The Jockey Club Thoroughbred Incentive Program (T.I.P.) today announced the recipients of its two non-competition awards, the T.I.P. Thoroughbred of the Year Award and the T.I.P. Young Rider of the Year Award, for 2018.
The Thoroughbred of the Year Award recognizes a Thoroughbred that has excelled in a non-competitive career, such as equine-assisted therapy or police work, and includes a $5,000 grant to the non-profit organization associated with the horse or, if no organization is associated with the horse, to a horse-related charity chosen by The Jockey Club.
This year's winner is Fly, registered as Hadifly, a 20-year-old gelding that serves as a riding horse at the New Mexico Center for Therapeutic Riding (NMCTR). NMCTR works with students from the Santa Fe Public Schools and the New Mexico School for the Deaf, at-risk teens, and other clients with cognitive, emotional, and physical special needs.
Fly raced 48 times before becoming a three-day event horse and then joining the team at NMCTR. He is known for his patience, sensitivity, and will to please.
“I feel this is his calling,” said Ashley Armijo, the program director and Fly's owner. “The calmest and happiest I've ever seen him is while he's working with clients, helping them fulfill their dreams.”
The young rider award, which recognizes riders 18 or younger who own or lease a Thoroughbred for use in 4-H, Pony Club, or other activities, has been awarded to Lottie Crawford, Katelynn Krieger, Katie Kalfayan, and Caitlin McFarland.
Lottie Crawford, 13, lives in Ashland, Va., and owns Get it in Ink, also known as Ink, a 12-year-old gelding. They compete in dressage at training level, and Crawford serves as a T.I.P. Youth Ambassador.
Crawford was introduced to Thoroughbreds through her mother, who has owned and ridden them for years. She plans to use her award funds to pay for upper-level training and to work on her horse trailer so that she can travel to attend the T.I.P. Championships in Lexington, Ky.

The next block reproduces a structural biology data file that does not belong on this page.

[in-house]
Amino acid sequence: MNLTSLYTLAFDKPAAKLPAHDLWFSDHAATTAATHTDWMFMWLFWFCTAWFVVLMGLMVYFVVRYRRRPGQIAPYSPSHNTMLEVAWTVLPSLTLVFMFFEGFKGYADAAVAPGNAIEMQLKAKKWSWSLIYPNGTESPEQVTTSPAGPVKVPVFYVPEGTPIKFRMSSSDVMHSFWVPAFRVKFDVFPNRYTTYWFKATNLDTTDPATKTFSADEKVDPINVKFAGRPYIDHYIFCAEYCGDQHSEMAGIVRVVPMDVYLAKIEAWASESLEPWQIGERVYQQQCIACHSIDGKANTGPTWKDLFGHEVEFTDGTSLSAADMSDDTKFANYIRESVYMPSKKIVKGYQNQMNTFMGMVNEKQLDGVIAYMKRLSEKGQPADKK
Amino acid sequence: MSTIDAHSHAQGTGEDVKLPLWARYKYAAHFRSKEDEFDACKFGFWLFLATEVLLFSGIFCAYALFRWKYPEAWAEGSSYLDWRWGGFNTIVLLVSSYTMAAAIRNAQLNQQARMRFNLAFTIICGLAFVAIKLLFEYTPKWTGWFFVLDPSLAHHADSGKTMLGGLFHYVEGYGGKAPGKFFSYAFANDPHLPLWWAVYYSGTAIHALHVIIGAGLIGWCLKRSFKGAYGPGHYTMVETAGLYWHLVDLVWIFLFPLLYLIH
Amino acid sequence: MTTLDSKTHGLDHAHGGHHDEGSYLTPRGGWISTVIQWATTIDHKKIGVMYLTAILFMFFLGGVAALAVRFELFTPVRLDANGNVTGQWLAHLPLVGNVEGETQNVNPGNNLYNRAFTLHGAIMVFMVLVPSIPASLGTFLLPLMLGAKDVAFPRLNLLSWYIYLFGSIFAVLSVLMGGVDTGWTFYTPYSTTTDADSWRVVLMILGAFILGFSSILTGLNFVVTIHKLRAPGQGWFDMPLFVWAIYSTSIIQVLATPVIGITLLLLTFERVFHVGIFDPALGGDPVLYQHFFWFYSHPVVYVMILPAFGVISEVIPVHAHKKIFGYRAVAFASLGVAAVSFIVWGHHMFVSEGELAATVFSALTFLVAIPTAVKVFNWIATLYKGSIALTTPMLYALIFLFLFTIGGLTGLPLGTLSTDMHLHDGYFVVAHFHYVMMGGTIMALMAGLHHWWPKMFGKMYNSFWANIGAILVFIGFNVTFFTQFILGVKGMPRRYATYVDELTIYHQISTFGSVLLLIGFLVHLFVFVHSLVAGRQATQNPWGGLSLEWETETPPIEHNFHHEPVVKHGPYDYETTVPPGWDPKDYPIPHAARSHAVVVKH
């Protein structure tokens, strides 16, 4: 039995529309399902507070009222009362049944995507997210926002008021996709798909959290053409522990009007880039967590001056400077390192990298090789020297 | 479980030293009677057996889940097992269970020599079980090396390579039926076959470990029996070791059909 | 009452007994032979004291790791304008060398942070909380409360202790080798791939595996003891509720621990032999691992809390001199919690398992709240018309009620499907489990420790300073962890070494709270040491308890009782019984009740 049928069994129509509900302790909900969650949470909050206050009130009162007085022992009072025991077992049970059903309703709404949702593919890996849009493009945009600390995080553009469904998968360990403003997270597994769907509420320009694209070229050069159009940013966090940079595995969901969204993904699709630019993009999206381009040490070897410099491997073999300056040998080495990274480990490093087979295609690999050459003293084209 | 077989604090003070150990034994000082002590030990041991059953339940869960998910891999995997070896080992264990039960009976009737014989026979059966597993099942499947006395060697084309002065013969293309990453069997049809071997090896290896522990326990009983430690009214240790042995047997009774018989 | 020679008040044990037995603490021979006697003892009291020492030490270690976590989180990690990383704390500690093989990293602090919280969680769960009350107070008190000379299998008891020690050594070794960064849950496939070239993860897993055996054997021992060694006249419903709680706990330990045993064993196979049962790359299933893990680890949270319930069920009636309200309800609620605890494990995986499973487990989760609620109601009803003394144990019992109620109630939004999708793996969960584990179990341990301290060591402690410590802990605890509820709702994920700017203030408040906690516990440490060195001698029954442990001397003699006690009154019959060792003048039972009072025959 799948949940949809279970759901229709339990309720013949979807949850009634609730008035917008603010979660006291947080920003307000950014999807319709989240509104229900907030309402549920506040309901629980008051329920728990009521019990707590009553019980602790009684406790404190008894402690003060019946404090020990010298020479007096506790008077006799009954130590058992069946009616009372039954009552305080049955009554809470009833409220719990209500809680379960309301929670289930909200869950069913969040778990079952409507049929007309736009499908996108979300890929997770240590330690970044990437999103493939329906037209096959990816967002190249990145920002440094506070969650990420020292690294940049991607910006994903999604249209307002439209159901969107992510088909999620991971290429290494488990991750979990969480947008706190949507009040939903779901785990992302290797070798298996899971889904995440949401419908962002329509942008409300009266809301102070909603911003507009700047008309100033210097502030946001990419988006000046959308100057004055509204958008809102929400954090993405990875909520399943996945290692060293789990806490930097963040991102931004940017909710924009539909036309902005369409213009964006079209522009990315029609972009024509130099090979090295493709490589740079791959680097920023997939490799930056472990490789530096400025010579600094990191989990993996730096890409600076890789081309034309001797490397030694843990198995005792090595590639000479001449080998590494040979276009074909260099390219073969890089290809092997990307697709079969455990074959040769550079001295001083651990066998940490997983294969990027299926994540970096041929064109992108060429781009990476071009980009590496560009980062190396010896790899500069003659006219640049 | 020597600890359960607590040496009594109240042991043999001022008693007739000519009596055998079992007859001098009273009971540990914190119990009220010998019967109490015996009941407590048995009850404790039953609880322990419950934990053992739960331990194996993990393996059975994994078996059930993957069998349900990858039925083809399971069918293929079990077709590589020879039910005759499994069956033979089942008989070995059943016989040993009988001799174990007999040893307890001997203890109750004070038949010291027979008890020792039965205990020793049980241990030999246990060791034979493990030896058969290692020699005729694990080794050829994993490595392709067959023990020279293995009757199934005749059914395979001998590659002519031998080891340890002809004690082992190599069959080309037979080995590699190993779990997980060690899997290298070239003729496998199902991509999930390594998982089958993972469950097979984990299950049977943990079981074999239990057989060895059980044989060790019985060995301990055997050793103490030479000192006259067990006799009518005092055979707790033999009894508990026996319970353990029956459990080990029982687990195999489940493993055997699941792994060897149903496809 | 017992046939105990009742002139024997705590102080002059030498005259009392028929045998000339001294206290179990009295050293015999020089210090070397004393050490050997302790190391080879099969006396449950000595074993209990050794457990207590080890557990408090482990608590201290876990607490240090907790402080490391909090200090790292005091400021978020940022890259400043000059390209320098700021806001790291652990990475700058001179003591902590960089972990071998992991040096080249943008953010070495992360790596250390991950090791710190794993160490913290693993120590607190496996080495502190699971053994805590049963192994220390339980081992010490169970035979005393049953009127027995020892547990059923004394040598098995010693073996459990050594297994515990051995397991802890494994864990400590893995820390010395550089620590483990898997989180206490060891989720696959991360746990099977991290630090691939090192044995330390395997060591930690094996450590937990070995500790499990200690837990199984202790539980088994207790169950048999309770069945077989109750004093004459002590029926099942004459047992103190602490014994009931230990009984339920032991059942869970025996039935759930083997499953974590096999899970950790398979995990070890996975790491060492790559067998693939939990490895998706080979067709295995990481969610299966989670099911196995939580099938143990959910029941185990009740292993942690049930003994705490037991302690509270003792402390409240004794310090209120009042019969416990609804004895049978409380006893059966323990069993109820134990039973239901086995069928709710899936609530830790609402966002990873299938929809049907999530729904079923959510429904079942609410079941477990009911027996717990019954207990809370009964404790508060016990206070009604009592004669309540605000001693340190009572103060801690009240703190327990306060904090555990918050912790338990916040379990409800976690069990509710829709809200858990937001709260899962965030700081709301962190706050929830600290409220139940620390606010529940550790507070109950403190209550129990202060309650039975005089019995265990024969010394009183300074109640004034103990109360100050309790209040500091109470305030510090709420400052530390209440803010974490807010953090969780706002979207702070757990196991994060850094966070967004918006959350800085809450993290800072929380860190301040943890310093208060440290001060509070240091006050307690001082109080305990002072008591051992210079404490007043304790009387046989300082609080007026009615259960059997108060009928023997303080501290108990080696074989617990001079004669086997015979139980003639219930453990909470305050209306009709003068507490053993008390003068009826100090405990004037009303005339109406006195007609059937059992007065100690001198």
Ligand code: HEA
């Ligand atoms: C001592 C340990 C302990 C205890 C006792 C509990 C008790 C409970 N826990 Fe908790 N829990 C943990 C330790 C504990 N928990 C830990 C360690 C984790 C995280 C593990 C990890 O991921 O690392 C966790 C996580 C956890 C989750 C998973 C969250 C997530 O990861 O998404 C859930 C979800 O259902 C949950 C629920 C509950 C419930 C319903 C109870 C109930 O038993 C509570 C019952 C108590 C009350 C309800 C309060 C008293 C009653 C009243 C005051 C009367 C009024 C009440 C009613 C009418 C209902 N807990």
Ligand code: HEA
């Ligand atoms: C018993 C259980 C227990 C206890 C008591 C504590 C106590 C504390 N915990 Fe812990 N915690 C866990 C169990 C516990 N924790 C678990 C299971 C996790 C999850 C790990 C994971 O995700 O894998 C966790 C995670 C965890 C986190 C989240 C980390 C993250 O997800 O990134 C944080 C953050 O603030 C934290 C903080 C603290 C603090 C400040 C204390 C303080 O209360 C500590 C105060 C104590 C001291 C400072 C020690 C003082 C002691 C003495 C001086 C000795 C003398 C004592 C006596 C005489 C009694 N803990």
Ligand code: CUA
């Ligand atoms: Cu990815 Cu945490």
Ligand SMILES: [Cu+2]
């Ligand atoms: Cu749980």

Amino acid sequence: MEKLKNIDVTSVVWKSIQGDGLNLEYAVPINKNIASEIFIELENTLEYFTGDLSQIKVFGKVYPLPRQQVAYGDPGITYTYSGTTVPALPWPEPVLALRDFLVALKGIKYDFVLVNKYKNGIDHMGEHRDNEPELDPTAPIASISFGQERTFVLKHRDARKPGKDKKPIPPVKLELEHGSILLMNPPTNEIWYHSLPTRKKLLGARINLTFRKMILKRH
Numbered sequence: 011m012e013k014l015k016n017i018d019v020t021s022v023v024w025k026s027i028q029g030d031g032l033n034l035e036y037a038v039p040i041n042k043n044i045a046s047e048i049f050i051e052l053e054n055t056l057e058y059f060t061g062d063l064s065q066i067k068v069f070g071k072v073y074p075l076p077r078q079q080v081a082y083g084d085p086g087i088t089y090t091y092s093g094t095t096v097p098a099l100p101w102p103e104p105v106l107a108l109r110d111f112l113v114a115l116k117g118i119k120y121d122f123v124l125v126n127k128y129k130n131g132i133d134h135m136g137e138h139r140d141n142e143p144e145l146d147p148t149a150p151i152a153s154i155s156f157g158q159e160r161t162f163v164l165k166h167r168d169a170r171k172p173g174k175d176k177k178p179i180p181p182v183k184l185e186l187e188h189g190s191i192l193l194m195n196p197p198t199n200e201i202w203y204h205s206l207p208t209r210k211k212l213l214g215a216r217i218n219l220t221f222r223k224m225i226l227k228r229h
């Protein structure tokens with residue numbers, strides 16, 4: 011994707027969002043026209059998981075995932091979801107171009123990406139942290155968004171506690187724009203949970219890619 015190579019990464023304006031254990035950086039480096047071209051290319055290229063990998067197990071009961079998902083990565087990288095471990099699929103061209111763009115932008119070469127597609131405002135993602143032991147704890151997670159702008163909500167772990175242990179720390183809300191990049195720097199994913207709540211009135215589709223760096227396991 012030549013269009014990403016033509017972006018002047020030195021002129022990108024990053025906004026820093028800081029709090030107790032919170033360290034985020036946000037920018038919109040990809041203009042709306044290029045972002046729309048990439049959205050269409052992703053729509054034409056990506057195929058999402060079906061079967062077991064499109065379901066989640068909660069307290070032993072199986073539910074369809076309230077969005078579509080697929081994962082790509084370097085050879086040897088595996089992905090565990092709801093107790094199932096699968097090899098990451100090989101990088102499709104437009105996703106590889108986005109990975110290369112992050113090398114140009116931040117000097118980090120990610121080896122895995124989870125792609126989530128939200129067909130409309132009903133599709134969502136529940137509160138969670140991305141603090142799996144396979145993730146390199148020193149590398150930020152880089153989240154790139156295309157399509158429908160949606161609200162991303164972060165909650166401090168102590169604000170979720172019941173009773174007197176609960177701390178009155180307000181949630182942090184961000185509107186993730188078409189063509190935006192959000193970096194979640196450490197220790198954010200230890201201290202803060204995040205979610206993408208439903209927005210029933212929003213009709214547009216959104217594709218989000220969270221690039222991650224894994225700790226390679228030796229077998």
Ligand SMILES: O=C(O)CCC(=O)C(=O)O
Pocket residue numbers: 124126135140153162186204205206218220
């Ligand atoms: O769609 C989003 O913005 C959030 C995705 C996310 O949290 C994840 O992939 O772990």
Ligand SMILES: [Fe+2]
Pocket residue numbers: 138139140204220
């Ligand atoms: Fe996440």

“Through it all, Get it in Ink has been right by my side as a testament to how amazing the Thoroughbred is as a breed,” said Crawford. “But, he is, after all, a Thoroughbred. Having a huge heart with athletic ability is what sets them apart from other horse breeds.”
Katelynn Krieger, 18, lives in Bushkill, Pa., and owns Texas Living, also known as Hollister. The pair has been together since 2012 and competes in jumpers. In 2017, the pair was named the T.I.P. Champion in the Jumper division and the Junior Rider division.
Krieger's partnership with Hollister has inspired her to pursue a career as an equine veterinarian. She would like to put the funds from her award toward tuition at the University of Kentucky.
“Hollister was my first horse and is my forever horse,” said Krieger. “I could not be prouder of all that Hollister has accomplished in the six years that we have been partners.”
Katie Kalfayan, age 16, lives in Morganville, N.J., and leases Cattail Creek, also known as Norm. She competes in equitation and dressage and is a Youth Ambassador for T.I.P.
“Since becoming an ambassador, I have met so many other Thoroughbred lovers that are just as passionate as me and those that work incredibly hard to find ex-racehorses a loving final career,” Kalfayan said. “Additionally, I have learned more about racing, rehoming, and education of the general public on ex-racehorses.”
Kalfayan has been riding for more than a decade and fell in love with Thoroughbreds through her mother, who founded New Beginnings Thoroughbreds, a retraining and rehoming organization for ex-racehorses, in 2014. Kalfayan would like to use her funds to help support her goals of competing in equitation at the national level and riding in clinics.
Caitlin McFarland, age 15, is from Collegeville, Pa., and owns Alfar, or Ally, a 5-year-old Thoroughbred mare. McFarland adopted Ally from Turning for Home, a racehorse retirement program affiliated with Parx Racing, in July 2017.
Ally is McFarland's third horse and second Thoroughbred. She plans to put her award toward her college fund or competing at the Kentucky Horse Park.
“I love Thoroughbreds because they all come with a different story, different backgrounds, and they have character,” McFarland said. I believe if you are willing to put the time and effort in, you can come so far and transform a Thoroughbred.”
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